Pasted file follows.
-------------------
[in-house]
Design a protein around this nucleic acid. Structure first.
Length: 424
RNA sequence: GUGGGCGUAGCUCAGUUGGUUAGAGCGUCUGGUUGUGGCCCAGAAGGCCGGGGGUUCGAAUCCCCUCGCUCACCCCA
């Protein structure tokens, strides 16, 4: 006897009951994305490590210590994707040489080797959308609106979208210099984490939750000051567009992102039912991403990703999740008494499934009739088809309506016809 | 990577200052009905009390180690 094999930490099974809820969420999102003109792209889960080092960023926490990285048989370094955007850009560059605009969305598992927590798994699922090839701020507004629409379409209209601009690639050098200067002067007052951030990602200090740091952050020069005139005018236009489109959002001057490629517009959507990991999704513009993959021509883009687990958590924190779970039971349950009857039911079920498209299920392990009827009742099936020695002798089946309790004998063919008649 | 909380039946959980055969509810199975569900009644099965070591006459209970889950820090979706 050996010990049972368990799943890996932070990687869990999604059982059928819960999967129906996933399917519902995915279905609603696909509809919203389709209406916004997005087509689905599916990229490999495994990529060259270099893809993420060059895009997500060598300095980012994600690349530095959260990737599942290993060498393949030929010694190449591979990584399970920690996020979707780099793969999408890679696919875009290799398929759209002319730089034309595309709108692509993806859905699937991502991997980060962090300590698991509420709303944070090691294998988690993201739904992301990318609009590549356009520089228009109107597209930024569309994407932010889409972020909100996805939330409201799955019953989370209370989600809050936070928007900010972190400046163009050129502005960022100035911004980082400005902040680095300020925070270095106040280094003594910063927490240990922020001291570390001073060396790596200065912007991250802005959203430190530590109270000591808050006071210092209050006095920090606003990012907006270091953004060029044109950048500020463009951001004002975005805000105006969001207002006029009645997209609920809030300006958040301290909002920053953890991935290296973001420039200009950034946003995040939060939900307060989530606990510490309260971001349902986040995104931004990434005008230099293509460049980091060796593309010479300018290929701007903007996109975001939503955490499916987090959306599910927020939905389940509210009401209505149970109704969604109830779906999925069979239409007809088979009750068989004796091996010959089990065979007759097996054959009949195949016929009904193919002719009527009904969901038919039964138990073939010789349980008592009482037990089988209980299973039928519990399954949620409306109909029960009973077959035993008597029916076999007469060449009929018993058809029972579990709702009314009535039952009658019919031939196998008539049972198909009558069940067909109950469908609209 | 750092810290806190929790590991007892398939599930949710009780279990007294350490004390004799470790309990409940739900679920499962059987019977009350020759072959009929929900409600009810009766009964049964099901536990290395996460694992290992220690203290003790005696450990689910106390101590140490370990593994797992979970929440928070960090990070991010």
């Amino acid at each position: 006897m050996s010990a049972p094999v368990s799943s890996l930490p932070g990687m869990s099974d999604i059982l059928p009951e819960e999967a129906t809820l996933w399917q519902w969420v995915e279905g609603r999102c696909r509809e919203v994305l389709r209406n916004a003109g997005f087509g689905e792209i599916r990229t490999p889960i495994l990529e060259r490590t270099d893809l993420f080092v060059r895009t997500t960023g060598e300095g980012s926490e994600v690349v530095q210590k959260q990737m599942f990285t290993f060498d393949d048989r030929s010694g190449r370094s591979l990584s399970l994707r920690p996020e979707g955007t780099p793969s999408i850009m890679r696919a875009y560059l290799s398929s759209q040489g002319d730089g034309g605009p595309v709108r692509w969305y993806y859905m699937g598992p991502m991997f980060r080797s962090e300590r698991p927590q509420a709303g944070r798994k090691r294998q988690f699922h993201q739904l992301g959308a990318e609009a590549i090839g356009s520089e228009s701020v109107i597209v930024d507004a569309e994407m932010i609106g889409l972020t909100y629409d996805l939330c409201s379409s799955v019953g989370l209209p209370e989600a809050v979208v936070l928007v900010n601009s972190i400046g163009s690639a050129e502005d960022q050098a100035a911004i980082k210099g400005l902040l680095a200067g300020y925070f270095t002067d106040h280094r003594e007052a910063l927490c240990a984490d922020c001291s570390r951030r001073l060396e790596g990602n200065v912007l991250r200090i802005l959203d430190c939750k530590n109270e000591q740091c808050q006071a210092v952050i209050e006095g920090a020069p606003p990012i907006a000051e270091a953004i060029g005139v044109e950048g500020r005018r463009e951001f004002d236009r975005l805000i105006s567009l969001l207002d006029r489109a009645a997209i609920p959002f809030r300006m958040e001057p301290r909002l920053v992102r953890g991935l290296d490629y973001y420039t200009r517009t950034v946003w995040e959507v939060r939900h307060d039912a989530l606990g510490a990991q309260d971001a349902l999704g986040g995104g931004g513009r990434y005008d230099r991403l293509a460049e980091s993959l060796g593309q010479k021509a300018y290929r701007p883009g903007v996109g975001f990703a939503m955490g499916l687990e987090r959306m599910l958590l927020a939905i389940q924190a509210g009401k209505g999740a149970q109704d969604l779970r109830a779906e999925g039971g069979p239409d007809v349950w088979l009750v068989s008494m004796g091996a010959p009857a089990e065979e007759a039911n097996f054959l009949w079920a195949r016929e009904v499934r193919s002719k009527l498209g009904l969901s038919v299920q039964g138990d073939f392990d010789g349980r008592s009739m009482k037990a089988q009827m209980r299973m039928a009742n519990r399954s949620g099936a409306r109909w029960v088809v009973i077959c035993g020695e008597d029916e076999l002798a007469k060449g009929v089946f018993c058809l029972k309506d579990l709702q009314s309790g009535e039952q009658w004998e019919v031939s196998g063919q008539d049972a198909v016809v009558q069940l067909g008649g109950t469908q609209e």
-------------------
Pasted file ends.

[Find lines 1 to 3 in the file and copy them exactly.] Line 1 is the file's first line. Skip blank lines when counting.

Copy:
[in-house]
Design a protein around this nucleic acid. Structure first.
Length: 424